Kudzu, a Novel
It was early afternoon, and Calin was cleaning up after the last of the lunch crowd had wandered away. He looked up from washing dishes as Sir Reginald and his entourage walked into the dimly lit pub.
“Reggie,” he said, by way of greeting, wiping his hands on a towel before reaching for Sir Reginald’s favored whiskey. “Kevyn. Murphy. And, Ho! Albert, is that you hiding behind fair Kevyn’s legs? I didn’t think I’d be seeing much of you ’round here.”
“I didn’t think so either. Wasn’t my choice.”
“You know him?” Sir Reginald asked.
“You know me?” Murphy said. “What kind of sick…” She trailed off, pressed her thumbs against her mouth.
Calin sighed. “Do you have any idea how hard it is to keep track of when one of you I’m talking to?”
“Which one,” Kevyn corrected.
Calin shook his head.
“There’s a change of clothes for you in the back, Murph,” he said. “Bottom left desk drawer. And a note.”
“I don’t understand.”
“Come on.” Kevyn put an arm around Murphy’s shoulders. “It’s back this way. So are the bathrooms.”
Albert hovered by the door, foot tapping nervously. He looked ready to bolt.
Calin came around the bar and crouched to something closer to raccoon height.
“Albie, lad, it was a war. People take gambles, and there’s no guarantees. I don’t blame you for what happened. Whatever I said at the time, it wasn’t your fault.”
Albert opened his mouth; Sir Reginald interrupted.
“Okay,” Sir Reginald said, “now I’m confused. You were in the war?”
Calin narrowed his eyes. He rapped his knuckles against his shin. It sounded like hard plastic. “How’d you think I got this?”
Sir Reginald looked away, and muttered something under his breath that Calin couldn’t hear. That worried him.
And Calin rarely worried.
“C’mon, Albert,” he said. “You still a Hendricks man? A nice, dry martini’s just what you need.”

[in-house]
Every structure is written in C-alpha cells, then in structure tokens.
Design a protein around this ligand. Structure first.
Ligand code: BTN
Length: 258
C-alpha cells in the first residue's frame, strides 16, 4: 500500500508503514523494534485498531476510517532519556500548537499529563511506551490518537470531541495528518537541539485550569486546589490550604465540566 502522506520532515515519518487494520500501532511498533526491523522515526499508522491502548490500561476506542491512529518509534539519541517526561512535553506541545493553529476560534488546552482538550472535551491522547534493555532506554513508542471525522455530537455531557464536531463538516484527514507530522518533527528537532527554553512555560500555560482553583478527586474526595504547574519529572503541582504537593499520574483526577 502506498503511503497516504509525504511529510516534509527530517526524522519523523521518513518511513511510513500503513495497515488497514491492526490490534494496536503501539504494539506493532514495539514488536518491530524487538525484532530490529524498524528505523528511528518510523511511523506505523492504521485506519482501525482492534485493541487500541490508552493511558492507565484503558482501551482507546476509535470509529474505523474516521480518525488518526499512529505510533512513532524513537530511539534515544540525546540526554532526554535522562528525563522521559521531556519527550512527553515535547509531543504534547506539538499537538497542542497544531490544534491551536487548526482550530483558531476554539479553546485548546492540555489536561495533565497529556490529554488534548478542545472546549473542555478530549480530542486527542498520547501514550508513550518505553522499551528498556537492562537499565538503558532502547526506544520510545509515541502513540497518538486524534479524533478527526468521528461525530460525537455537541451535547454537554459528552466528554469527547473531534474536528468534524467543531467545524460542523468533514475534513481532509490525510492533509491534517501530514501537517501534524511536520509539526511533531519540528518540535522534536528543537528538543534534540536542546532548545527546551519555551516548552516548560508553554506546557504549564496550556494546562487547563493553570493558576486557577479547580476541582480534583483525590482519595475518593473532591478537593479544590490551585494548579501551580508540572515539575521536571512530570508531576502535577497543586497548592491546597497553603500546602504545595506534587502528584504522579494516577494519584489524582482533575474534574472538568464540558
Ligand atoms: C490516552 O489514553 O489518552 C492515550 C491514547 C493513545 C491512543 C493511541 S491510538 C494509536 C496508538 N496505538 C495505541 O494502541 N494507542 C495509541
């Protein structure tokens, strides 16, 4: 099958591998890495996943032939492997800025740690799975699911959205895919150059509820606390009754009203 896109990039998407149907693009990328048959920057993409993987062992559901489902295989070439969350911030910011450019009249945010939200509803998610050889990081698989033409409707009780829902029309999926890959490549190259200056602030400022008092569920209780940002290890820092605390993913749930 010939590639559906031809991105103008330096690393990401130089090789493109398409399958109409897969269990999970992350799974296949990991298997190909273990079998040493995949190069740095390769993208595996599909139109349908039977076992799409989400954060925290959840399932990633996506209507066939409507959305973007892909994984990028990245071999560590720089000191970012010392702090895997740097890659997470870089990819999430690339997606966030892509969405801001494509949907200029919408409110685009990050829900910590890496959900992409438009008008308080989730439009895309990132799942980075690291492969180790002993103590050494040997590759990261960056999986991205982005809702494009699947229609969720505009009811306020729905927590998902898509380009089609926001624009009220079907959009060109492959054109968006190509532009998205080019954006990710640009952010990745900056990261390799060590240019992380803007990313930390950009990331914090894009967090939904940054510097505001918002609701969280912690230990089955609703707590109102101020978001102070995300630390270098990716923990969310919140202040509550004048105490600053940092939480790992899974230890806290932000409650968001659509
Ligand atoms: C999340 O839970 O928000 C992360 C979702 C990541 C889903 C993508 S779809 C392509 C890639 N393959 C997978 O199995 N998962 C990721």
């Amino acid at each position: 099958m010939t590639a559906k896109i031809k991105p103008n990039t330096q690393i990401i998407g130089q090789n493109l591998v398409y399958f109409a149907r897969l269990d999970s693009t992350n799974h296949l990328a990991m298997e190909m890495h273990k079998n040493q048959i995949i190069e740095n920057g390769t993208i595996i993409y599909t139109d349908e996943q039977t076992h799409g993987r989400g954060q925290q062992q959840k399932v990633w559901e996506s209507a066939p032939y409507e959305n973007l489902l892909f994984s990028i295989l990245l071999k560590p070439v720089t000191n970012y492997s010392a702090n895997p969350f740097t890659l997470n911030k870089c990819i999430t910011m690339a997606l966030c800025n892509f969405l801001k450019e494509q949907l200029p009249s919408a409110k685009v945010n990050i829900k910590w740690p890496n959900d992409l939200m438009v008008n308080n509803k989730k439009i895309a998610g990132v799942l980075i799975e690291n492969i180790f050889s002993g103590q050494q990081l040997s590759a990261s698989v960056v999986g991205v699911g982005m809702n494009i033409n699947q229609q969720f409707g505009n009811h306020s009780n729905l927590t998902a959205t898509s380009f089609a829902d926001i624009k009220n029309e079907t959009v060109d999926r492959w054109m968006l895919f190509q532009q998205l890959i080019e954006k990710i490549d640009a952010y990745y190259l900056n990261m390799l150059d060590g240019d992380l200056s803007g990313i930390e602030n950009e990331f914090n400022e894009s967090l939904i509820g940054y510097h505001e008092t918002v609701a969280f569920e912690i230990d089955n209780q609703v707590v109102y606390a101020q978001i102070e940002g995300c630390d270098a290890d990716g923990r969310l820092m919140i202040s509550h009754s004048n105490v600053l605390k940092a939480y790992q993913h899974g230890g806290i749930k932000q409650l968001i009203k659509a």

Calin dragged a BeastBench™ barstool out of a storage closet and pulled it up to the bar. Albert climbed onto it and manipulated the controls to raise the seat to bar level.
“You keep them locked away,” Albert said.
“I keep them,” Calin said. He poured Albert’s drink and set it in front of the grizzled raccoon. He tapped his own glass of whiskey against Albert’s martini. “To old friends.”
Albert wiped a tear from his eye. “To old friends.”
Calin set out appropriate drinks for Kevyn and Murphy — beer and white wine, respectively — then brought Sir Reginald his customary rye whiskey.
“What’s the problem, Reg,” he asked, keeping his voice low so Albert wouldn’t be able to hear over the jukebox.
Sir Reginald hesitated. “That leg of yours,” he said. “When I last saw you, what, three days ago? Four? Whenever it was, you had both your own legs.”
Calin raised his eyebrows. “Twelve years now I’ve had this. Twelve normal years. It’s not something I hid from you. You should know me well enough to know that.”
“I know, Calin. But I don’t remember it. Something’s gone weird. Or weirder. It worries me.”
“This is what you call information gathering?” Kevyn asked.
Sir Reginald raised his glass to the old flatscreen mounted on the wall. “To the six o’clock news, the font of all knowledge.” He was slurring his speech.
A commercial for… Kevyn wasn’t sure what. It was one of those weirdly nonsensical ads, the one with the hypochondriac penguin. The ad played out silently on the screen; Calin had turned down the sound.
“For a species that’s afraid of talking animals,” Albert grumbled, “you all sure do like to pretend you’re not afraid of us.”
Albert was well into his third martini, and his grumble carried more loudly than he’d wanted. Kevyn saw him tense, anticipating backlash.